May 15th, 2012

Round four hundred and sixty-two

Posted in The Job - General by 200

Disgraced ex- police officer Ali Dizaei has been sacked from the Met for the second time.

It followed his second conviction for perverting the course of justice. He has been on full pay since his original sentence was quashed, but this stops from today. It would be interesting to know how much cash this man has been given whilst not doing a day’s work for the community that has been paying him.

¬†Deborah Glass, the IPCC¬†chairman, said: “Ali Dizaei’s dismissal from the Metropolitan Police Service was the right and inevitable outcome following his conviction, a second time, for serious criminal offences. There is no place in the police for corrupt officers and they have no business wielding the powers of a police officer in our communities.”

Interestingly, she also said: “Many will wonder how Mr Dizaei was able to rise to the very senior rank of commander.¬†The Metropolitan Police Service needs to ensure that never again is its reputation so badly damaged by the acts of one of its most senior officers.

I think we can take a fair guess at why such a man rose to the highest ranks, despite a very checkered history, and it has little to do with his skills. It is borne from a  system which recognises quotas above ability.

The Home Secretary will decide on whether Dizaei receives  a police pension.

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  1. Andy W says:

    If Deborah Glass really has to ask that question (as IPCC Chairman for Goodness sake!) is it any wonder that that particular organisation has its richly deserved reputation as a rabble of incompetent amateurs?

    May 16th, 2012 at 07:41

  2. dickiebo says:

    The really sad thing is that we are all well aware of the problem here!!! But….God help anybody brave enough to say so!

    May 16th, 2012 at 08:51

  3. Alpha Tango says:

    Thames Valley Police. Uhm,glad to rid of AD? Someone else’s problem. Rubbing hands with glee

    May 16th, 2012 at 15:58

  4. Tony F says:

    A thoroughly nasty niece of work. Corrupt through and through.

    May 16th, 2012 at 17:44

  5. Karen says:

    I heard a radio 4 programme about Dizaei I think at the time of the first conviction and found it really frightening. He sounded like a mafioso not a policeman. I have found the whole subsequent saga bewildering and I am sorry 200 Weeks but I do NOT understand how this has been possible, I really don’t. It cannot simply be down to political correctness, there must be more to it than that. When I worked for a County Force (civilian) the Chief Constable an sacked officer for doing something wrong (although no way as bad as Dizaei) and HE made the decision about the pension (he took it away). I’m sure I haven’t mis-remembered that. So why is it up to the Home Sec? Why not the Chief Constable (or whatever he is called), or the Police Authority, even. I thought Chief Constables were like god in respect of their powers over their staff. Also, as he has been convicted (again) why can’t he be made to pay his salary back, like baddies have to pay back the proceeds of crime? I do not understand any of this, really.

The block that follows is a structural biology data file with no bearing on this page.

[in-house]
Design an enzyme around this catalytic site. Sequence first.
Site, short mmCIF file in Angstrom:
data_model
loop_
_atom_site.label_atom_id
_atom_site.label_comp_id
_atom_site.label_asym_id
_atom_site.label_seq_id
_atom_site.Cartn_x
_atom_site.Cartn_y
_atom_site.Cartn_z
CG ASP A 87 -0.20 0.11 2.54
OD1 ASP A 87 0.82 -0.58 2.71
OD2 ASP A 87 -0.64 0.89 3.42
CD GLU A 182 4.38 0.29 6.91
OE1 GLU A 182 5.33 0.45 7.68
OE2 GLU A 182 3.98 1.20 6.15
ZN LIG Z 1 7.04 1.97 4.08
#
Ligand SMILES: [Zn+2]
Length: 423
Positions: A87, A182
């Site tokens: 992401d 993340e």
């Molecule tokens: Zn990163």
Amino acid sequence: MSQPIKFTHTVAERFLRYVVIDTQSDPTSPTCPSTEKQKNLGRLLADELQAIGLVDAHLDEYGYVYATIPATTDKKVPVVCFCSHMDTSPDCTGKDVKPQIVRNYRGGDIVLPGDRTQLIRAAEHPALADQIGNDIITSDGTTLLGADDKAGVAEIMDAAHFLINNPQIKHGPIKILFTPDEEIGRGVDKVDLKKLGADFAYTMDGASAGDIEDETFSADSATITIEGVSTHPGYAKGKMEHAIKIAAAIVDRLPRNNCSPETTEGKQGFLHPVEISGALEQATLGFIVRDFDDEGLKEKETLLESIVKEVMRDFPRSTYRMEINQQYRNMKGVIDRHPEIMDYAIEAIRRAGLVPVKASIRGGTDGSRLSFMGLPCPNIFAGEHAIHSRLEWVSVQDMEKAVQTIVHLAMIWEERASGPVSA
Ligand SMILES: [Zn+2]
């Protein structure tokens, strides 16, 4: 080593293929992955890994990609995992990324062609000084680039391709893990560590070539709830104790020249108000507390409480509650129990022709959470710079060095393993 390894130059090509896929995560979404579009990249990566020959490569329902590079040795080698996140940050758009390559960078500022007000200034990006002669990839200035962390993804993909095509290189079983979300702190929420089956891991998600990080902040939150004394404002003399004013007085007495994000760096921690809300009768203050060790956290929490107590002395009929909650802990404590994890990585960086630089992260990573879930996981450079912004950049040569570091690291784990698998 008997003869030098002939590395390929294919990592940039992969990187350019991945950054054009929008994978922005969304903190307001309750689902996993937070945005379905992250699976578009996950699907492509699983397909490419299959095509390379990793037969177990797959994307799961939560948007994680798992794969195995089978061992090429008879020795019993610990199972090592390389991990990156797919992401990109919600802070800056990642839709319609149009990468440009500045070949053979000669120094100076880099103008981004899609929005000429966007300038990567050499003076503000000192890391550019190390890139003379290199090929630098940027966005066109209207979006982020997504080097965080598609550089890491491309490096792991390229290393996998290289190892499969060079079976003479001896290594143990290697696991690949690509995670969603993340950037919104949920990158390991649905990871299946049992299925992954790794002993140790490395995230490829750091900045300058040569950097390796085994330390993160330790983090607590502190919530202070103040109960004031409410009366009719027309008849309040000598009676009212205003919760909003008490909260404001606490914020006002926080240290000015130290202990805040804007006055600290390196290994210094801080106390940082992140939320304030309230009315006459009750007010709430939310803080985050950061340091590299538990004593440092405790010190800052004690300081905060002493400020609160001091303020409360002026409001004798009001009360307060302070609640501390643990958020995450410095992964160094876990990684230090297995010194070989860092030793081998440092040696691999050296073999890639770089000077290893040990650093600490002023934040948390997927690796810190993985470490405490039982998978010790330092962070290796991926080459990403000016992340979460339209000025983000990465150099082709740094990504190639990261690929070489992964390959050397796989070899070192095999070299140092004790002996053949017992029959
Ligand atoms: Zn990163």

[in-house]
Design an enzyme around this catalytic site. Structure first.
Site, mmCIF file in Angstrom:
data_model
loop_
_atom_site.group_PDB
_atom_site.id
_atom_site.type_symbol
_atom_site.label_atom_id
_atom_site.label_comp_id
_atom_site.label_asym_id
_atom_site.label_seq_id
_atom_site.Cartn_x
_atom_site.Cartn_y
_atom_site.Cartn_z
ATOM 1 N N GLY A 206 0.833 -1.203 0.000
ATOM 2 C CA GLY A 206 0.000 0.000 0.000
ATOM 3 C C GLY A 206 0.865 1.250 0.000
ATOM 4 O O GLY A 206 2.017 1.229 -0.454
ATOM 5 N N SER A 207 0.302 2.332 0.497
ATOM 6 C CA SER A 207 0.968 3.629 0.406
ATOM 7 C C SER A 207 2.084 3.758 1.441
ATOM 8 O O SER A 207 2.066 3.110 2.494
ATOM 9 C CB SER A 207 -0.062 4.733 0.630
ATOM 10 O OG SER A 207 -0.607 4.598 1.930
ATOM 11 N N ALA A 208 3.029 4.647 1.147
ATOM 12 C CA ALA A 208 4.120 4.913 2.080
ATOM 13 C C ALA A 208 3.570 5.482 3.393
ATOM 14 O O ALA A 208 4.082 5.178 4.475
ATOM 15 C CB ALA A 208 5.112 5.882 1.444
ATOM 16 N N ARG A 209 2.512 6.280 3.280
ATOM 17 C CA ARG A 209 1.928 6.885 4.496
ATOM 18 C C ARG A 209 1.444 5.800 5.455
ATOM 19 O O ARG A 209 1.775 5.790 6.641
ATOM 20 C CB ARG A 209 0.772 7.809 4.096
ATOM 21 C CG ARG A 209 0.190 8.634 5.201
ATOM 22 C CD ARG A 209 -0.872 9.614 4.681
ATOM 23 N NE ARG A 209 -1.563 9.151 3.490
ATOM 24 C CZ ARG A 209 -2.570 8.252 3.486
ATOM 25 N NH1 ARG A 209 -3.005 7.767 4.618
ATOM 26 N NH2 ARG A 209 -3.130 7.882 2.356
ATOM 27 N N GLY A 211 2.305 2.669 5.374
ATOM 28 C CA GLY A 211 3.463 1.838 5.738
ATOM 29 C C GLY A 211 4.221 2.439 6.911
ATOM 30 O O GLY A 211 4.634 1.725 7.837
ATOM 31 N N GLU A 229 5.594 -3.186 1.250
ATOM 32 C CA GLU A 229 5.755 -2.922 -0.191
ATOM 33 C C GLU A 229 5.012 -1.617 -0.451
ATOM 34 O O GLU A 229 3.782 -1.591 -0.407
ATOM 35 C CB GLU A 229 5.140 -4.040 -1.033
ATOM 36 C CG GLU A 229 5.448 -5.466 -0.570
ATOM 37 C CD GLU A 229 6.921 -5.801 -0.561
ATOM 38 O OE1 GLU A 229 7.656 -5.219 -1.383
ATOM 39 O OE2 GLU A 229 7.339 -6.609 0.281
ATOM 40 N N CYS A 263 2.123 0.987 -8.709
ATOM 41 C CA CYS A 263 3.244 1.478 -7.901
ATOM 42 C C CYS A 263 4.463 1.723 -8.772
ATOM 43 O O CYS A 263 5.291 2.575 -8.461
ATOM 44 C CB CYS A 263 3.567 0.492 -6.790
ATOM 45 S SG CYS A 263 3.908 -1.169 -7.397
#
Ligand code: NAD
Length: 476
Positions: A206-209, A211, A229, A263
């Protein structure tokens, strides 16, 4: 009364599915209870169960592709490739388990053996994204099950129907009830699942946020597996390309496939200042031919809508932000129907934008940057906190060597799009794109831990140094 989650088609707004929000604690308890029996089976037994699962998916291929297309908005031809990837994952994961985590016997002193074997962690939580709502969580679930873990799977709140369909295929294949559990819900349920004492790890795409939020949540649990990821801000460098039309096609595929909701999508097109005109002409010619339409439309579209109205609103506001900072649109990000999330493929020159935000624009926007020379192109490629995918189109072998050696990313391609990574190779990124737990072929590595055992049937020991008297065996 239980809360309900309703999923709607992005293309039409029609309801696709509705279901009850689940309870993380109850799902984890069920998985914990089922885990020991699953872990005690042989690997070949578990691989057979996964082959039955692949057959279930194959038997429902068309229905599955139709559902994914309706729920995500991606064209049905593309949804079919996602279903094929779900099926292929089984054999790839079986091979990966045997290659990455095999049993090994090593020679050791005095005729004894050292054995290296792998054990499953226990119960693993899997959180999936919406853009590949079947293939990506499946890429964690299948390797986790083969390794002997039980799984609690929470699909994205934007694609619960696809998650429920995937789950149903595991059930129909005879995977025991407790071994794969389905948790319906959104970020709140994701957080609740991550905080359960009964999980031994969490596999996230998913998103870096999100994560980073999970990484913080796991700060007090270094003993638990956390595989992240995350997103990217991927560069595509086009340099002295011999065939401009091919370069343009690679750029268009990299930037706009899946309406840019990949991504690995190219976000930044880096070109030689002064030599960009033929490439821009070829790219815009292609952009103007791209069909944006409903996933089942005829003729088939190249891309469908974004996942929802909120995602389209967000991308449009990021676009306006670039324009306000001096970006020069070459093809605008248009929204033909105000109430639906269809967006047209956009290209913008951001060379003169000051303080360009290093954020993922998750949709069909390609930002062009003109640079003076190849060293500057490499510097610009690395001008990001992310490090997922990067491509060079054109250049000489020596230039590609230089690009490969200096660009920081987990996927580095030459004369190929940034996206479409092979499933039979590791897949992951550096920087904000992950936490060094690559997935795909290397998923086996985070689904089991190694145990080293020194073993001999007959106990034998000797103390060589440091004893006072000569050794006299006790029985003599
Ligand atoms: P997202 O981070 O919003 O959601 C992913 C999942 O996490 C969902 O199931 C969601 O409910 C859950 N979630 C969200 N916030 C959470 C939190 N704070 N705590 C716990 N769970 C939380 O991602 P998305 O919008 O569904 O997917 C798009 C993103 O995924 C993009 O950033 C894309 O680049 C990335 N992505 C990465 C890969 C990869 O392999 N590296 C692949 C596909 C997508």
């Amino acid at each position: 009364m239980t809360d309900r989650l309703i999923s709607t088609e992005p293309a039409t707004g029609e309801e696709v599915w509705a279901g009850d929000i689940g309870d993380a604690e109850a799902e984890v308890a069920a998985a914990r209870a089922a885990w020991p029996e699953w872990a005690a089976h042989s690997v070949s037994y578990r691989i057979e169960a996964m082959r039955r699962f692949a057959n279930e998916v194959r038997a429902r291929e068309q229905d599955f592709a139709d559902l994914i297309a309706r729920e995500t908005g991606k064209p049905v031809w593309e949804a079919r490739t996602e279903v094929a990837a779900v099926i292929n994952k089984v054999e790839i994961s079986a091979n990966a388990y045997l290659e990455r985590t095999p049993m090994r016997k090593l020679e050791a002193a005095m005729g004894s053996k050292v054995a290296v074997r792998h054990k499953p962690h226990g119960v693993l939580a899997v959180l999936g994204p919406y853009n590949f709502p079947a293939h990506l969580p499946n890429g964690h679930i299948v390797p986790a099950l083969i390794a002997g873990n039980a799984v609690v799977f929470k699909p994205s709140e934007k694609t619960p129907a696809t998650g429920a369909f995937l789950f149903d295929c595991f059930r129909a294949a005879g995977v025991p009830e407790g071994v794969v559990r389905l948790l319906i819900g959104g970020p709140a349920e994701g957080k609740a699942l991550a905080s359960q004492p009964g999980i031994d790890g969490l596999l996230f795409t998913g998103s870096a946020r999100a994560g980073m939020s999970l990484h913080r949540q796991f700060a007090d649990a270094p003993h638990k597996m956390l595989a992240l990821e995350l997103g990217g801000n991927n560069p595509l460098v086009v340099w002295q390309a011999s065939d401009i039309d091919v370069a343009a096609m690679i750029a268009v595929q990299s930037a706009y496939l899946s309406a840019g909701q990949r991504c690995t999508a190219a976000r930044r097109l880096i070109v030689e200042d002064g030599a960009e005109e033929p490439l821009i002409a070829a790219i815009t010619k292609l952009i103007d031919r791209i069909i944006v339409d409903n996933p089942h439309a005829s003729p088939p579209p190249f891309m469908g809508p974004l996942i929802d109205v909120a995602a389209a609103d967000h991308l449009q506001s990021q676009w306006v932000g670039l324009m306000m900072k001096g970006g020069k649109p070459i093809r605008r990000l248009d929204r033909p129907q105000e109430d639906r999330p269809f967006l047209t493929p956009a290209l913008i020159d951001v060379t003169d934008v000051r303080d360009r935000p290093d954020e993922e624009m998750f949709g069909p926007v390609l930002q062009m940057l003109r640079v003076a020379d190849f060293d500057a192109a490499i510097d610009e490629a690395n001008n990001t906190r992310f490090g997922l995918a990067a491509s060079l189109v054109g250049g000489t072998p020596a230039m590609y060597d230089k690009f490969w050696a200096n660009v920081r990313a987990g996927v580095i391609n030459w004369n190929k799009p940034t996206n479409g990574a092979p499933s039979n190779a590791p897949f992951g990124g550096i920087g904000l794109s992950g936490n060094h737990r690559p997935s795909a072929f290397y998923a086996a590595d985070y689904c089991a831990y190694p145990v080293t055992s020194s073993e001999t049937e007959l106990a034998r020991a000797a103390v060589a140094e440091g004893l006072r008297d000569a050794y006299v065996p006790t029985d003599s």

May 16th, 2012 at 19:48

  6. Blueknight says:

    I am sure Debbie Glass knows exactly what the problem was, but she her career would suffer if she spelled it out. At least she mentioned it.

    May 16th, 2012 at 20:52

  7. joe says:

    Pay, pension, not to mention all the legal aid money he received over the years (how the hell he managed to get legal aid given his income and assets (I believe he’s got a couple of expensive houses) is beyond me!

    May 17th, 2012 at 08:22

  8. Civ_In_The_City says:


    If you worked in a police environment you would understand exactly how this was possible. Remember that all the worst excesses of political correctness, trial by media, Paxman style news reporting (everything is black or white), human rights and ‘no win, no fee’ all boomed during the NuLabour years.

    Remember too that the MacPherson report decided that the police were ‘unwittingly racist’. Can you imagine the climate of fear for police officers and staff this created?

    One teeny whiff of something ‘racist’ in your vicinity and nobody is going to back you up. Evidence be damned, no need for evidence with a definition of a racist incident that says it`s ‘any incident that is perceived to be racist, by the victim OR ANY OTHER PERSON’. We can debate how much of our perception of something is down to choice.

    Officers were sometimes told in compulsory ‘diversity’ training courses that it was NOT POSSIBLE for anyone other than white people to be prejudiced.

    So Ali Dizaei is non-white so can`t be a racist himself, his employer is widely ‘known’ to be ‘institutionally racist’, every lawyer in London will work for free to prove he has been treated unfairly due to his race, headlines in papers always trump the truth, accusations of racist treatment are true without evidence, his ‘human rights’ beats every other law of the land, and the MET desperately want to prove how non-racist and ‘diverse’ they are.

    And it`s cheaper to pay his salary and keep it quiet than go to court and risk a multi-million pound fine.

    Scary, huh?

    May 17th, 2012 at 19:25

  9. Karen says:

    Civ In The City – thank you. I suppose I simply couldn’t believe it was THAT bad. Jeez.

    May 18th, 2012 at 08:09

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